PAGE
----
John C. Munro Hamilton International Airport
|John C. Munro Hamilton International Airport
Hamilton International Airport
|IATA: YHM – ICAO: CYHM
– WMO: 71263
|Owner||City of Hamilton|
|Operator||Tradeport International Corp.|
|Hub for||Cargojet, SkyLink Express, Purolator, UPS Airlines|
|Time zone||EST (UTC−05:00)|
|• Summer (DST)||EDT (UTC−04:00)|
|Elevation AMSL||780 ft / 238 m|
John C. Munro Hamilton International Airport or Hamilton International, (IATA: YHM, ICAO: CYHM), is an international airport in Mount Hope, Hamilton, Ontario, Canada. It is named for John C. Munro, a Hamilton Member of Parliament and cabinet minister. Flyglobespan, which flew to Hamilton between 2007 and 2009 referred to the airport as Toronto Hamilton International Airport.
The airport is designed for use by large airplanes on overseas flights, and includes a 10,006 ft × 200 ft (3,050 m × 61 m) asphalt runway with centreline lighting for low-visibility operations, and a smaller 6,010 ft × 150 ft (1,832 m × 46 m) asphalt runway. It serves as an alternate and reliever for nearby Toronto Pearson International Airport. The airport is situated 40 mi (65 km) from downtown Toronto and 6 nautical miles (11 km; 6.9 mi) southwest of Hamilton.
It is classified as an airport of entry by Nav Canada and is staffed by the Canada Border Services Agency (CBSA). CBSA officers at this airport handle aircraft with no more than 250 passengers; however, they can handle up to 450 if the aircraft is unloaded in stages.
Hamilton's first airport was the Hamilton Municipal Airport at Reid Avenue North and Dunsmure Road (site of Roxborough Park) in 1929. Initially home to the Hamilton Aeroclub, the Royal Canadian Air Force (RCAF) would become a major user of the airport in the 1930s, but the airport closed in the 1950s to make way for residential development.
The current Hamilton Airport was built in 1940 as the Mount Hope Airport or RCAF Station Hamilton, an RCAF base. During World War II, the field hosted two units for the British Commonwealth Air Training Plan: first, No.10 Elementary Flying Training School (later moved to RCAF Station Pendleton) using the De Havilland Tiger Moth and Fleet Finch, then No.33 Air Navigation School using the Avro Anson. After the war, the airport gradually shifted towards civil use, until the military ceased using it as a base for Air Reserve operations in 1964.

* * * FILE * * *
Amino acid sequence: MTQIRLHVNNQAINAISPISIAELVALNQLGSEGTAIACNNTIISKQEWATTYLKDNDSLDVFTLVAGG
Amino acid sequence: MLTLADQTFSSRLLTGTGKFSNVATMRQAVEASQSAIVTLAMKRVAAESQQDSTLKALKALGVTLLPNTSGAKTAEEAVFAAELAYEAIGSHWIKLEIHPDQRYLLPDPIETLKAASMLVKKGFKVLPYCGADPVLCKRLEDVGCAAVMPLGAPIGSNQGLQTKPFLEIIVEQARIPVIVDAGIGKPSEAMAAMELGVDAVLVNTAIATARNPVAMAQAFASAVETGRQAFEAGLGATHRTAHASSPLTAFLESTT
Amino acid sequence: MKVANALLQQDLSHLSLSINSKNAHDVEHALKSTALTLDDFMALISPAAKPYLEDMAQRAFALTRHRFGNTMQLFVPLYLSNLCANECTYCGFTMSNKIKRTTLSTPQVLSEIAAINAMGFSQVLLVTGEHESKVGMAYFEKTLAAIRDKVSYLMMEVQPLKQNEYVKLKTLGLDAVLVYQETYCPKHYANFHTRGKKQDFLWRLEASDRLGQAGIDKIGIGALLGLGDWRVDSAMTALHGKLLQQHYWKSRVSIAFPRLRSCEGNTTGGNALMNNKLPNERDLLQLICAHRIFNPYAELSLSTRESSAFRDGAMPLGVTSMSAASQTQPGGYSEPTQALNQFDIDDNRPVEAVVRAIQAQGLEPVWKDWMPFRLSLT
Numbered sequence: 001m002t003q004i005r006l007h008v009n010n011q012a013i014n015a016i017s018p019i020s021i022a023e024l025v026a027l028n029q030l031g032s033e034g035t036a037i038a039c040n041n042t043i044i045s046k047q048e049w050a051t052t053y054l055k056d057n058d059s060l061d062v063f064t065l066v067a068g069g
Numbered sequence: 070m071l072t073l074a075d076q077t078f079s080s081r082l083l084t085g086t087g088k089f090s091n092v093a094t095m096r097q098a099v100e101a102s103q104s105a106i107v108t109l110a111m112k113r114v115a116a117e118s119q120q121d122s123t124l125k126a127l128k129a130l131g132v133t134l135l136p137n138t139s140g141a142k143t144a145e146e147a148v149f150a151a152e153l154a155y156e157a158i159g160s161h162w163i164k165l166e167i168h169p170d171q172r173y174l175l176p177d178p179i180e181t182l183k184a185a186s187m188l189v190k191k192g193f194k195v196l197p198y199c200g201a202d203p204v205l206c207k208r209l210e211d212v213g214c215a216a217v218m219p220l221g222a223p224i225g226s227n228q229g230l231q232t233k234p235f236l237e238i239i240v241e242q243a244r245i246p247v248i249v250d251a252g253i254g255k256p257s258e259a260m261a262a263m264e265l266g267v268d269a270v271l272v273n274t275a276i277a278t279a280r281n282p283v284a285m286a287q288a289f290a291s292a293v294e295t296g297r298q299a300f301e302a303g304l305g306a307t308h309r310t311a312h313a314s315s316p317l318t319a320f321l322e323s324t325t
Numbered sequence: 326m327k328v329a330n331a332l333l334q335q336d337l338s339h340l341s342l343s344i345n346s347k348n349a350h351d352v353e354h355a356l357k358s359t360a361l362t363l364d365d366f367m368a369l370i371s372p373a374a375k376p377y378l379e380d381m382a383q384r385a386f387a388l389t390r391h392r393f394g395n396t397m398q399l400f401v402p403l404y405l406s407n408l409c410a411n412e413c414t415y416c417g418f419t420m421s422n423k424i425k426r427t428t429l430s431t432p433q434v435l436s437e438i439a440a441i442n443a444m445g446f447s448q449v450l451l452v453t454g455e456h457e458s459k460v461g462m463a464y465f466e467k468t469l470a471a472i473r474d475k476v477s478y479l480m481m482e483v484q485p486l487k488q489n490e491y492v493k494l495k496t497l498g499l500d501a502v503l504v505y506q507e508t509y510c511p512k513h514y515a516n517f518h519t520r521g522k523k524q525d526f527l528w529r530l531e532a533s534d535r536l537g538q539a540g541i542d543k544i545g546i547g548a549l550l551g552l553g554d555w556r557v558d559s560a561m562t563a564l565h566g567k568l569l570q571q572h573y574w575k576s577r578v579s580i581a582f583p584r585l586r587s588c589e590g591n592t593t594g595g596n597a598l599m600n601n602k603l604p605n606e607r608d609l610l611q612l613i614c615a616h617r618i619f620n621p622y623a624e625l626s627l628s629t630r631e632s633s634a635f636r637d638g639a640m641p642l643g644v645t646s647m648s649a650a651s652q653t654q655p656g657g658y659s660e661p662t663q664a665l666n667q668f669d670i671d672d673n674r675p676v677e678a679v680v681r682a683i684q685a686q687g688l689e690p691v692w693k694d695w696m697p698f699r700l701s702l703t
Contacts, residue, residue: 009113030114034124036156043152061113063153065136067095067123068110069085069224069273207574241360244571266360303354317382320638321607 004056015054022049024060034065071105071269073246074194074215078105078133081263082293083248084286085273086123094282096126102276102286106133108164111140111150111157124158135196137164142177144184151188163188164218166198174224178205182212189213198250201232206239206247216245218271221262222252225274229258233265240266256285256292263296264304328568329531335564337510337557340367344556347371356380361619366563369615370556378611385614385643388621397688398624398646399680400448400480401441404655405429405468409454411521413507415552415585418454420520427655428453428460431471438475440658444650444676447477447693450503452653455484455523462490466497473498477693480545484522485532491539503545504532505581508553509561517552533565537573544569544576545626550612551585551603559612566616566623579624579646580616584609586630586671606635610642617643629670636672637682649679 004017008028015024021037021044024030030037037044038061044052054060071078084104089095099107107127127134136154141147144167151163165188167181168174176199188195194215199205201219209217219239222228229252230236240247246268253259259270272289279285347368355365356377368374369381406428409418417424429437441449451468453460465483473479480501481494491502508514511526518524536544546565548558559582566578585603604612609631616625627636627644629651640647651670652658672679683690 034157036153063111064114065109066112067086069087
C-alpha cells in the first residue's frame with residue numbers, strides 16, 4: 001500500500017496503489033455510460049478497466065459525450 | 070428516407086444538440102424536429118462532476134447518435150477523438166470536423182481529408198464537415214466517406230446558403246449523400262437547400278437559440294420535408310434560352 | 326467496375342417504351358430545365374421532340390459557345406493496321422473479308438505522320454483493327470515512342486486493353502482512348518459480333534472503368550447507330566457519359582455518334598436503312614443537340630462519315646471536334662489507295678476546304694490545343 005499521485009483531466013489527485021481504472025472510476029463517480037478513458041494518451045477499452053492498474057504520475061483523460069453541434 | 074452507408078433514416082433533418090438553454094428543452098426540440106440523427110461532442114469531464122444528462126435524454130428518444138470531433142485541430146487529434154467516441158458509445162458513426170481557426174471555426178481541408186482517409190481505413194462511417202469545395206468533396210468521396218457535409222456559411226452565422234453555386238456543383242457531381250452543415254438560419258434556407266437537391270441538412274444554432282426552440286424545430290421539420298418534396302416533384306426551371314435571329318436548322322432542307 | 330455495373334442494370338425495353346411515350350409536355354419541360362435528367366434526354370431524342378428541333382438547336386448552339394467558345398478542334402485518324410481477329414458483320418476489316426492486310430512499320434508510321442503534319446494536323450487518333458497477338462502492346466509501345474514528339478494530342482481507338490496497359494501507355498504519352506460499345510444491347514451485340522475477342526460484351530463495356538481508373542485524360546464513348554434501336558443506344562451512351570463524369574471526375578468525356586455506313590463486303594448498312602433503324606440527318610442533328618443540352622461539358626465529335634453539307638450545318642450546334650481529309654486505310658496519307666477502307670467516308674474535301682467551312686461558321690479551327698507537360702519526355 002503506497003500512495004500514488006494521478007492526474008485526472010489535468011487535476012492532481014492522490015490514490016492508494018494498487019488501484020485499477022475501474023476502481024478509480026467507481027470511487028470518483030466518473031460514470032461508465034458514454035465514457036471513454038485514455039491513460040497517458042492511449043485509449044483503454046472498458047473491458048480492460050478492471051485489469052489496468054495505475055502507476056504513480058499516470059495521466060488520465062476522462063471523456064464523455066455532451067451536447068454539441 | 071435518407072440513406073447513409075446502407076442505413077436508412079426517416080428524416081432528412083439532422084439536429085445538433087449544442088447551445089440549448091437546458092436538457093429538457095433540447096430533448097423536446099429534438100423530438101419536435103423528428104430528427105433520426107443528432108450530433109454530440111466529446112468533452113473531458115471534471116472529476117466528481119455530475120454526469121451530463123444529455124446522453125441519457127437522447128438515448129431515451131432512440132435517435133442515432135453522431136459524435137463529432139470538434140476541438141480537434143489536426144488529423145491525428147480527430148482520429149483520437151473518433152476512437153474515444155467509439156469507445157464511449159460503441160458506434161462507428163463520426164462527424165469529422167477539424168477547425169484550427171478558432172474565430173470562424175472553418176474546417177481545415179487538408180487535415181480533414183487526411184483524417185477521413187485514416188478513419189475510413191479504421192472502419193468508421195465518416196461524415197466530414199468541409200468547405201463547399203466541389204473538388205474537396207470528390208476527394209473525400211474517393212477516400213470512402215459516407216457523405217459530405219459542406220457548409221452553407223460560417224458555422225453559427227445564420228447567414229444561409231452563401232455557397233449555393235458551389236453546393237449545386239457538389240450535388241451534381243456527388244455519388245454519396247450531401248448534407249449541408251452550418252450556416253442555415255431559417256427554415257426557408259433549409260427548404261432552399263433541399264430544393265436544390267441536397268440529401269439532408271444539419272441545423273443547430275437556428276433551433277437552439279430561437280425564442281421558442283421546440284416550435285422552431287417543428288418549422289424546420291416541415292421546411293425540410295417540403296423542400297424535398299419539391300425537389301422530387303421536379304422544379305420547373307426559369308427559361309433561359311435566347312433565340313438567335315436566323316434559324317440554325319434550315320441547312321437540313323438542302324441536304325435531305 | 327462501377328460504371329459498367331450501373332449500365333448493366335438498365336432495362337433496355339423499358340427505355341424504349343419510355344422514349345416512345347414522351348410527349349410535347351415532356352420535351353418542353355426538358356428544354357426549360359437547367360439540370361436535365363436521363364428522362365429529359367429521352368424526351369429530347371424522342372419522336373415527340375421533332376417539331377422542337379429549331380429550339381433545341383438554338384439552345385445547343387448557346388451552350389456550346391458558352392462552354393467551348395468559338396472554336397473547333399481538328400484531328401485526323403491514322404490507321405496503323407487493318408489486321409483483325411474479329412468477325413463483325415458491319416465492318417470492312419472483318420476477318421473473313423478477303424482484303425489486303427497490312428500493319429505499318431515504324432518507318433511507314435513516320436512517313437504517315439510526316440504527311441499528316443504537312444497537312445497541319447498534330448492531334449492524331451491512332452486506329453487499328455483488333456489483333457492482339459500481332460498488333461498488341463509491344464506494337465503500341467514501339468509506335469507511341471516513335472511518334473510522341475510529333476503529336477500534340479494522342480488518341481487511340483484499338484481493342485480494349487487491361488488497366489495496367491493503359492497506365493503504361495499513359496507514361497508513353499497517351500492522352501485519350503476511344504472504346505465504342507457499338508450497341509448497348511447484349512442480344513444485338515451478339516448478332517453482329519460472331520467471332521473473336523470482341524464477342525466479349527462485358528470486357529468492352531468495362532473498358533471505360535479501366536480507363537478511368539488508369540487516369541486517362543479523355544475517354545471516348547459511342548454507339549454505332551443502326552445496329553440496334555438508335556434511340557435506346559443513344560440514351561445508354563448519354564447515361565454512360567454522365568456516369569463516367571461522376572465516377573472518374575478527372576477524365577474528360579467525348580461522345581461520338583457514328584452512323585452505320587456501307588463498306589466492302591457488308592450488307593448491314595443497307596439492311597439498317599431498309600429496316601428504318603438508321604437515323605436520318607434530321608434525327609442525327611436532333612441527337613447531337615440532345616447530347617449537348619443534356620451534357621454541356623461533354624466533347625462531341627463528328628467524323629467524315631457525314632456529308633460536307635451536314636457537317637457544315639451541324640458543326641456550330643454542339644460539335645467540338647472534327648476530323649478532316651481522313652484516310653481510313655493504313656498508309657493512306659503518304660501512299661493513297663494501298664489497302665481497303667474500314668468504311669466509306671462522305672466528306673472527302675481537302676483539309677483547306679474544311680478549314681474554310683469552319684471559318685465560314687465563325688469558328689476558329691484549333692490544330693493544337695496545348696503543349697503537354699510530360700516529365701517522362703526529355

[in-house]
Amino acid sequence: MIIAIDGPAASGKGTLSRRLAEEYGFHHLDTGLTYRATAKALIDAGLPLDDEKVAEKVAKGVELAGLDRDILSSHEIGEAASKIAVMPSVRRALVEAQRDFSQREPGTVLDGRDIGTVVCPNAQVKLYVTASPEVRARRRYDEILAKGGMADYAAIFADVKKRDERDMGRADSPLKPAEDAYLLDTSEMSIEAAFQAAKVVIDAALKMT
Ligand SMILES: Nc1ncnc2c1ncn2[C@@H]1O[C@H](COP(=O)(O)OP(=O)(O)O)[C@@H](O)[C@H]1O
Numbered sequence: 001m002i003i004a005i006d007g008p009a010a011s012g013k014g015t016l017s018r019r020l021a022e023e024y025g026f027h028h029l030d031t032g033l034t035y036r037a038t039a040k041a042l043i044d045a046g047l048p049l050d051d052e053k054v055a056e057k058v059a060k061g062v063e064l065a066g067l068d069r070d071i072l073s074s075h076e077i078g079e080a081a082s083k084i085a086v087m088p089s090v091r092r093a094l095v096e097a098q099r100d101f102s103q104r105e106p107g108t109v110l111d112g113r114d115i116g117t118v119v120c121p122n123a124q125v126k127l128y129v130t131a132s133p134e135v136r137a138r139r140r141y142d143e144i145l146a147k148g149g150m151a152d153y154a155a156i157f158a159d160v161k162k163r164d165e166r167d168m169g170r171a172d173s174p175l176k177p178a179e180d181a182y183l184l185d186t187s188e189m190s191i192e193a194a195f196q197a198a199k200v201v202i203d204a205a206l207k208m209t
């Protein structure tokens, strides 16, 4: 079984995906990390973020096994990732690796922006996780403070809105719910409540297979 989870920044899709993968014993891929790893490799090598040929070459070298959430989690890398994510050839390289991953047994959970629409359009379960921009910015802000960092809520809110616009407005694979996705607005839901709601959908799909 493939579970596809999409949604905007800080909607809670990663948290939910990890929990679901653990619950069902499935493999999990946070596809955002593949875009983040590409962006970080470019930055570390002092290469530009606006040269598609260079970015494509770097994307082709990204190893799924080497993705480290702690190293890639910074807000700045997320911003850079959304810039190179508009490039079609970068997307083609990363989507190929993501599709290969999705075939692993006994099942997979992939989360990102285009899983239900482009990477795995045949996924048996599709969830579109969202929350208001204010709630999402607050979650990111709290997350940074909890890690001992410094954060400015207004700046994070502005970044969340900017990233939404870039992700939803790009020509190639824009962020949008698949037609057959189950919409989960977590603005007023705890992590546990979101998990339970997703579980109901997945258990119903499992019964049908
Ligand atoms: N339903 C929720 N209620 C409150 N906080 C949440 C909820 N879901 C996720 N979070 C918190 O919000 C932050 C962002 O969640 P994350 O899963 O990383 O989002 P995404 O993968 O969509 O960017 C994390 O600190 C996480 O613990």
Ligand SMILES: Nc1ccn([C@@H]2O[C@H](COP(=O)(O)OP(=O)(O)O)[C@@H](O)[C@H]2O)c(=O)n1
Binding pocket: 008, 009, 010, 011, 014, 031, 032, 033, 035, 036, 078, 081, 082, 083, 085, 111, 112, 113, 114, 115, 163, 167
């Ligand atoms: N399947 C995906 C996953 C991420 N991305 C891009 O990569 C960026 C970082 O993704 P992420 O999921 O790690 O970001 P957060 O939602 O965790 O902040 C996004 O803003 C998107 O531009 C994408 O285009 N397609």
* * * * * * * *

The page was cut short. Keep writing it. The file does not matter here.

In 2000 WestJet expanded to Canada's eastern region, choosing Hamilton as the airline's eastern region hub, and flying to destinations from Newfoundland and Labrador to British Columbia. In April 2004, seeking to compete with Air Canada for business travellers, WestJet moved its eastern hub from Hamilton to Toronto Pearson International Airport in Mississauga. While Hamilton retained flights to many destinations, all of the service between Hamilton and Montreal and Ottawa was moved to Toronto. In the wake of the WestJet pullout, CanJet began service to Hamilton in 2003. Then in the spring of 2005, two weeks after Air Canada Jazz announced it would enter the local market with service from Hamilton to Montreal and Ottawa, CanJet announced a complete withdrawal from Hamilton.
Hamilton turned over operation of the airport to TradePort International Corp. in 1996. In 2007 YVR Airport Services, which runs the Vancouver International Airport, took over 100 per cent ownership of TradePort in a $13-million deal. In late 2007, Trade Port Co. and Citi Corp. bought land from the city of Hamilton to expand runway 06/24 to 9,000 ft (2,743 m). This is expected to happen sometime between 2015 and 2019. Citing high fuel prices, Air Canada Jazz withdrew its service from Hamilton airport on July 31, 2008.
The Greater Toronto Airports Authority (GTAA) has pushed for the construction of the Pickering Airport to relieve Toronto Pearson International Airport, claiming that Hamilton is too far from the city of Toronto core to be practical as a major hub for travellers. Critics point out that the reliever airports for Boston, Massachusetts (T.F. Green State Airport in Providence, Rhode Island and Manchester-Boston Regional Airport in Manchester, New Hampshire) are used effectively despite being further from the Boston city centre than Munro Airport is from the Toronto city centre. Should the GTAA decide not to build the proposed Pickering Airport, which could prove controversial due to the required expropriation of land, Hamilton may have an increase in passenger traffic and possibly new airlines.
Accidents and incidents
Airlines and destinations
|Air Transat||Seasonal: Cancún, Cayo Coco (starts February 2015), Montego Bay, Puerto Plata, Punta Cana, Varadero|
|Canadian North||Charter: Fort McMurray, Halifax, Miami (for Celebrity Cruises), Saskatoon|
|Sunwing Airlines||Seasonal: Punta Cana, Varadero|
Seasonal: Cancún, Edmonton, Halifax, Moncton, Orlando, Punta Cana
Cargo operators and destinations
Out of town shuttle service is available for passengers wishing to connect to flights at Toronto Pearson International Airport in Toronto.
A-Line bus route is operated by Hamilton Street Railway during weekday peak hours (5 am - 10 am and 1 pm - 6 pm).
- Canada Flight Supplement. Effective 0901Z 24 July 2014 to 0901Z 18 September 2014
- Synoptic/Metstat Station Information
- Total aircraft movements by class of operation — NAV CANADA towers
- Airport Traffic Reports
- Globespan flights to Hamilton
- Hamilton International 2004 Airport Master Plan Update
- globeandmail.com: Business
- Glanford Aviation
|Wikimedia Commons has media related to John C. Munro Hamilton International Airport.|
- Hamilton International Airport website
- Canadian Owners & Pilots Association's Airport Directory
- Past three hours METARs, SPECI and current TAFs for Hamilton/John C. Munro International Airport from Nav Canada as available.